In lightweight construction – as well as in the automotive and consumer segments (e. g., drill housings) – fiber reinforced plastics are increasingly replacing metals as the work material. Predicting the strength and damage effects of these components regarding the directional dependency of the mechanical material characteristics is complicated. Therefore, complex multiscale simulations are required for accurate predictions. The computational time (CPU time) and the computer memory requirements are very high for these multiscale simulations.
Compound Research Project MuSiKo
At ITWM, we are working on methods to reduce these high computational efforts on the basis of so-called configurational forces. With these forces, macroscopic indicators can be defined, that will allow to take into account the microstructure precisely only in necessary subdomains of the component. This is the focus of the collaborative research project MuSiKo, funded by the BMBF.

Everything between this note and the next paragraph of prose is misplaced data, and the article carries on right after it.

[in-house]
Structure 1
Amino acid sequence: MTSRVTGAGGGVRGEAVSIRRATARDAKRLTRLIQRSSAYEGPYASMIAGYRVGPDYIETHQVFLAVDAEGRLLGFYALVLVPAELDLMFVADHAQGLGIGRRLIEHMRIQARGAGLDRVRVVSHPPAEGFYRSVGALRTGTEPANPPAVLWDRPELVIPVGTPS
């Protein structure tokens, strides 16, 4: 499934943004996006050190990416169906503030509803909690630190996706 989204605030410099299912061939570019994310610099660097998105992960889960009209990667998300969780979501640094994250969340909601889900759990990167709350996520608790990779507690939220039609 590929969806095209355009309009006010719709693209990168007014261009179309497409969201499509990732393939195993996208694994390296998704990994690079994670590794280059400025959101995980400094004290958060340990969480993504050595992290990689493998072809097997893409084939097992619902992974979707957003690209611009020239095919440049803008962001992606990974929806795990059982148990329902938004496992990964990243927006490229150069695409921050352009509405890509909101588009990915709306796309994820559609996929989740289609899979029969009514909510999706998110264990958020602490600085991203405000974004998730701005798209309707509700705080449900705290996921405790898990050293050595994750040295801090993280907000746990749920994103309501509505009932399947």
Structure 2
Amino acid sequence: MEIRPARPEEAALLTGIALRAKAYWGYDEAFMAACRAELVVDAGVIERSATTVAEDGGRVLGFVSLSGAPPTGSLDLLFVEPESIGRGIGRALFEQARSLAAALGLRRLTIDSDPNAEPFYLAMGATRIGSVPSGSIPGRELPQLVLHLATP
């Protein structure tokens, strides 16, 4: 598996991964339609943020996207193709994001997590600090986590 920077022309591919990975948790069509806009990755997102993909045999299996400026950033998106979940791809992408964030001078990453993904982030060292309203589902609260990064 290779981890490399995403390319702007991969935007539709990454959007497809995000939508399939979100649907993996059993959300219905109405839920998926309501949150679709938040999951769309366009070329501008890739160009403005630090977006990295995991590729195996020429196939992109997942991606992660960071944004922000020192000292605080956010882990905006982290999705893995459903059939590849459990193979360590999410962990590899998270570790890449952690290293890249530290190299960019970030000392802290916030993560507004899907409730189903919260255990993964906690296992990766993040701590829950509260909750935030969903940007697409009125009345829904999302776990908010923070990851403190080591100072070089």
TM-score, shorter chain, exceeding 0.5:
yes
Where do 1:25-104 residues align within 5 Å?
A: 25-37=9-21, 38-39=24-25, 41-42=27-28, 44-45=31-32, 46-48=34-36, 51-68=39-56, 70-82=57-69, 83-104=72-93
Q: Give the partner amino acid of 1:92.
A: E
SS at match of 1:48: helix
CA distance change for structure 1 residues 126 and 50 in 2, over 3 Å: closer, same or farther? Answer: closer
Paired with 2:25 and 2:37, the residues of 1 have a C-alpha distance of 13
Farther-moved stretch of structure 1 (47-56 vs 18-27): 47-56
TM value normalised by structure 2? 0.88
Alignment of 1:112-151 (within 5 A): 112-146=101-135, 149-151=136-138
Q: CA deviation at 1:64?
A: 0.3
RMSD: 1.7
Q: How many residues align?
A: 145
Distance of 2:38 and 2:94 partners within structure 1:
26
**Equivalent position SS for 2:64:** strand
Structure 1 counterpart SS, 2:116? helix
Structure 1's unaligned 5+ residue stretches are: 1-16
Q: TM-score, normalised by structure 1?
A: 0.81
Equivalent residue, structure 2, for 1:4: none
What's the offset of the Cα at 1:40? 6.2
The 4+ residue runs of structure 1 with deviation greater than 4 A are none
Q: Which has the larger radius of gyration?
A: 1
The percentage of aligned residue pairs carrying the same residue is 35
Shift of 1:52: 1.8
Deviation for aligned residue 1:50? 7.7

Standard forces describe the external factors that act to deform a fixed object. The configurational forces, in contrast, capture the effect of the microstructural inhomogeneity on the deformation. We use simple and fast homogenization methods for subdomains of the component where the influence of the microstructure is insignificant, whereas, in areas where the microstructure has a greater influence on the strength, more expensive and more accurate methods are required. Depending on the subdomain, these may include: boundary element methods, finite element methods, or the Fast Fourier Transformation of the Lippmann-Schwinger equation. Having this adaptive choice of microstructural solvers, a very high accuracy can be achieved with lower requirements for memory and CPU.
Together with the Chair of Applied Mechanics at TU Kaiserslautern, Fraunhofer ITWM is developing indicators for the selection of a micro solver based on configurational forces and, also, an interface for the scale coupling. ITWM is developing a fast microstructure solver called “Feelmath” for use with areas that require the high resolution of a complex microstructure.